“Not only are the women participating in a sex strike, but they are outside protesting and making noise,” said the film’s lead Teyonah Parris, drawing parallels to the women charging at the forefront of the Black Lives Matter movement. “Something’s got to happen because we’re fed up. We’re tired of being killed in the streets and it being caught on camera and still no one being prosecuted. We’re tired of babies being shot down in cold blood or from a stray bullet in our communities. It’s not okay, and we’re not going to shut up until something begins to happen on a socioeconomic level – on all levels. We’re not going to shut up.”
For more than 25 years, Lee has used his big screen bully-pulpit rallying audiences to “Wake Up”: first at the end of School Daze; they’re the first two words you hear at the beginning of Do the Right Thing, and the last thing you hear in this one.
“So we’ve had that be a common refrain,” said Lee who, following the premiere of the film, rallied in New York City with Rev. Al Sharpton to protest gun violence. “I think when one is conscious, one is, as they say, woke, and when there’s certain things that are wrong you’ve got to speak out about it. If you’re sleep or, in many cases, especially the young brothers on the south side of Chicago who are really hurt. They’re in pain. So they self-medicate themselves…and then they got a gun. And when you’re hurting like that, you can’t even really understand the value of human life. We got to get around that.”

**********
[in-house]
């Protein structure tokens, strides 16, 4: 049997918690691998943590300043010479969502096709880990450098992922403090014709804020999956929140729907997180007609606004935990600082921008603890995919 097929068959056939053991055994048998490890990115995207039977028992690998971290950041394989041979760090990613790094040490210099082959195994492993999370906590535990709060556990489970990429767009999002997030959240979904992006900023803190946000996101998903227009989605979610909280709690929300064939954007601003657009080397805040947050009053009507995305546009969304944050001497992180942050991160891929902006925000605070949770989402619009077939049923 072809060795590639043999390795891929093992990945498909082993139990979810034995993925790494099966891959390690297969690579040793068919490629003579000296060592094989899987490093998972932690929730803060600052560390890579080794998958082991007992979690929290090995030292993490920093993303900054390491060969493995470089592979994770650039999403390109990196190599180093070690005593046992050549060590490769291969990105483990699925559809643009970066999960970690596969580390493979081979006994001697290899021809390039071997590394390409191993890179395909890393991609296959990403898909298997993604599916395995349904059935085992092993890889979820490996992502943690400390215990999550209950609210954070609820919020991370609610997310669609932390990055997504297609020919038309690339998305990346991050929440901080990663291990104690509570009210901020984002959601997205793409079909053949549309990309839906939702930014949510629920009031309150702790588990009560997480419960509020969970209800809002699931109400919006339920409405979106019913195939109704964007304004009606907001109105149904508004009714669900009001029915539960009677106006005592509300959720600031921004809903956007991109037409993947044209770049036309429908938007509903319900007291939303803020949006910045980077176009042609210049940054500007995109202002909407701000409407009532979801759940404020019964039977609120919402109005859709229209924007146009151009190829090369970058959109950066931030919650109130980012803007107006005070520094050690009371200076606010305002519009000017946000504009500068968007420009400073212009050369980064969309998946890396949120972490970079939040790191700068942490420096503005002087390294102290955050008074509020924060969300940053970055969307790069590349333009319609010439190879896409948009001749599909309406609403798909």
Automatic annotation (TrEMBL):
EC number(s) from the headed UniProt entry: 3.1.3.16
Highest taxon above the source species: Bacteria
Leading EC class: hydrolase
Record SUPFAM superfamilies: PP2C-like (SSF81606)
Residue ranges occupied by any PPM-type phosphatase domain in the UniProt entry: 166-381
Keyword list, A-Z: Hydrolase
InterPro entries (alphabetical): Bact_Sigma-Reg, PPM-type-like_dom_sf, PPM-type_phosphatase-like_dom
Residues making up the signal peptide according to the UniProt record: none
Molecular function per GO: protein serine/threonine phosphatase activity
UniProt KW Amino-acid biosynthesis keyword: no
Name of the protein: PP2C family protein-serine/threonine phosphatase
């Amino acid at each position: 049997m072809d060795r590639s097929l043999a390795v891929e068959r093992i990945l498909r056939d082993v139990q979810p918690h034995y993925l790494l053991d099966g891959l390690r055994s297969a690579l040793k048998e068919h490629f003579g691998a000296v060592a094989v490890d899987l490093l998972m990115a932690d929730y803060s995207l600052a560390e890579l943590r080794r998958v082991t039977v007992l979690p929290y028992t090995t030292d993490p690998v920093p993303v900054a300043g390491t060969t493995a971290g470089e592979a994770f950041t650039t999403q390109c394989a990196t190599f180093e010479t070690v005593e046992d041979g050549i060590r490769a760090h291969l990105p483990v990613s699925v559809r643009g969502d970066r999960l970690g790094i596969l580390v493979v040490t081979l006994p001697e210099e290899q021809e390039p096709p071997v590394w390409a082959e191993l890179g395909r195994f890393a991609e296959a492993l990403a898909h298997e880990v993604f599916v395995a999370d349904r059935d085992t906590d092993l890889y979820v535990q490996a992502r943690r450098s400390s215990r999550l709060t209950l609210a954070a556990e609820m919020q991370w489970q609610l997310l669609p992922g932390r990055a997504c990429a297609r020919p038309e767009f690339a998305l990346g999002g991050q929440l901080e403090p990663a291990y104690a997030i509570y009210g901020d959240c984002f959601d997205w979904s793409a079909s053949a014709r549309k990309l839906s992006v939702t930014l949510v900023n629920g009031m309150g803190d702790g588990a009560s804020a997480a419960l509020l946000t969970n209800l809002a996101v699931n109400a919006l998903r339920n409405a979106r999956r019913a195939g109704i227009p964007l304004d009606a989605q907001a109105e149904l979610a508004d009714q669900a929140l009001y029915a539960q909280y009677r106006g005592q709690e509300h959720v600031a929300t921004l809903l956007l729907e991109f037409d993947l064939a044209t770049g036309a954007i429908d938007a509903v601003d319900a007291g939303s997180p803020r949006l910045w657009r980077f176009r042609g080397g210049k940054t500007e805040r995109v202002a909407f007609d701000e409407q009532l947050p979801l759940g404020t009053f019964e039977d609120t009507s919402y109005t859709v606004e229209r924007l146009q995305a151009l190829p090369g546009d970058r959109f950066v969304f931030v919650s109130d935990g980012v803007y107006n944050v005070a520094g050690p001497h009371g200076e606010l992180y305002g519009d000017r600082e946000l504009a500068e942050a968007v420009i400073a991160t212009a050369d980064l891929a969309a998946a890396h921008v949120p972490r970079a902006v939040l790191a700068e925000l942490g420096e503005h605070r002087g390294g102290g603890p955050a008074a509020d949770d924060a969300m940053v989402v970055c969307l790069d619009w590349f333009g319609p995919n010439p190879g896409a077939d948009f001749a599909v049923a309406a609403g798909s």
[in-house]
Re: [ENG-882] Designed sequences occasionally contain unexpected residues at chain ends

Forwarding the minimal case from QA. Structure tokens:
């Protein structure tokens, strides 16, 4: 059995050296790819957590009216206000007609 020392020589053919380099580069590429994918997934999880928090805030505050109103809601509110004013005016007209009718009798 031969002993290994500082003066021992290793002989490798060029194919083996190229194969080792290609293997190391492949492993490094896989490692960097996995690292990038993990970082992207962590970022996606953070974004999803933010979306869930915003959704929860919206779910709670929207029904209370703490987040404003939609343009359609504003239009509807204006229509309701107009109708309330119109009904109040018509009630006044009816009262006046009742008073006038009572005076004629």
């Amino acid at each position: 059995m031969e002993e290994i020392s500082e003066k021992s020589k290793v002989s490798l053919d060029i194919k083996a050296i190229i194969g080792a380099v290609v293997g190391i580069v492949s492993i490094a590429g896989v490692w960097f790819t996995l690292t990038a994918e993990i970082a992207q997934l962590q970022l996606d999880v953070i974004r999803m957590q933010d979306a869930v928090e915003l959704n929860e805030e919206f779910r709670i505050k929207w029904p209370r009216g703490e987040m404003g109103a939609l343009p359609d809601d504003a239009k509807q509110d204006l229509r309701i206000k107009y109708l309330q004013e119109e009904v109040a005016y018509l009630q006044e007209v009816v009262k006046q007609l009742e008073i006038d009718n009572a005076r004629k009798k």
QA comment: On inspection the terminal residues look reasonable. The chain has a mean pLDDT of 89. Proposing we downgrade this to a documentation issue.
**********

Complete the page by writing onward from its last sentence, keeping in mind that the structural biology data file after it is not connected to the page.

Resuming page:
Understanding these social and economic disparities of America’s urban inner cities led Delila Vallot, director of the documentary, Can You Dig This, into the gardens of South Los Angeles where activism, rather than marches, rallies and die-ins, involves water, soil seeds and sun.
Calling for guns-down, shovels up, the film follows “gangsta gardener” Ron Finley, and four unlikely community gardeners who find their game change when they “plant some shit.”
Growing up bi-racial, with her white mom in Hollywood and a black dad from South L.A., Vallot “definitely noticed the disparity between the two areas,” she said. “What Ron Finley is talking about, planting seeds to change lives, seems so simplistic. But if it is possible, I wanted to explore that and see first-hand. Because how much can I blame my father for certain behavioral patterns? How much can I blame his environment? Where can I look for those things? How does someone change a cycle?”
An actress and dancer, Vallot is a self-taught movie maker who had grown tired of the ages-old stories of the black experience and wanted to explore new territory.
“I don’t know how many other people are tired of seeing the same story about the slavery era, but I kind of am,” she said. “I think our community is multi-faceted and want to see stories about the black experience and who knows what that could create because there are so many voices?”
This article was originally posted in Moviepilot Magazine – Annual Review where we look back at the biggest conversations of 2015 through the lens of entertainment.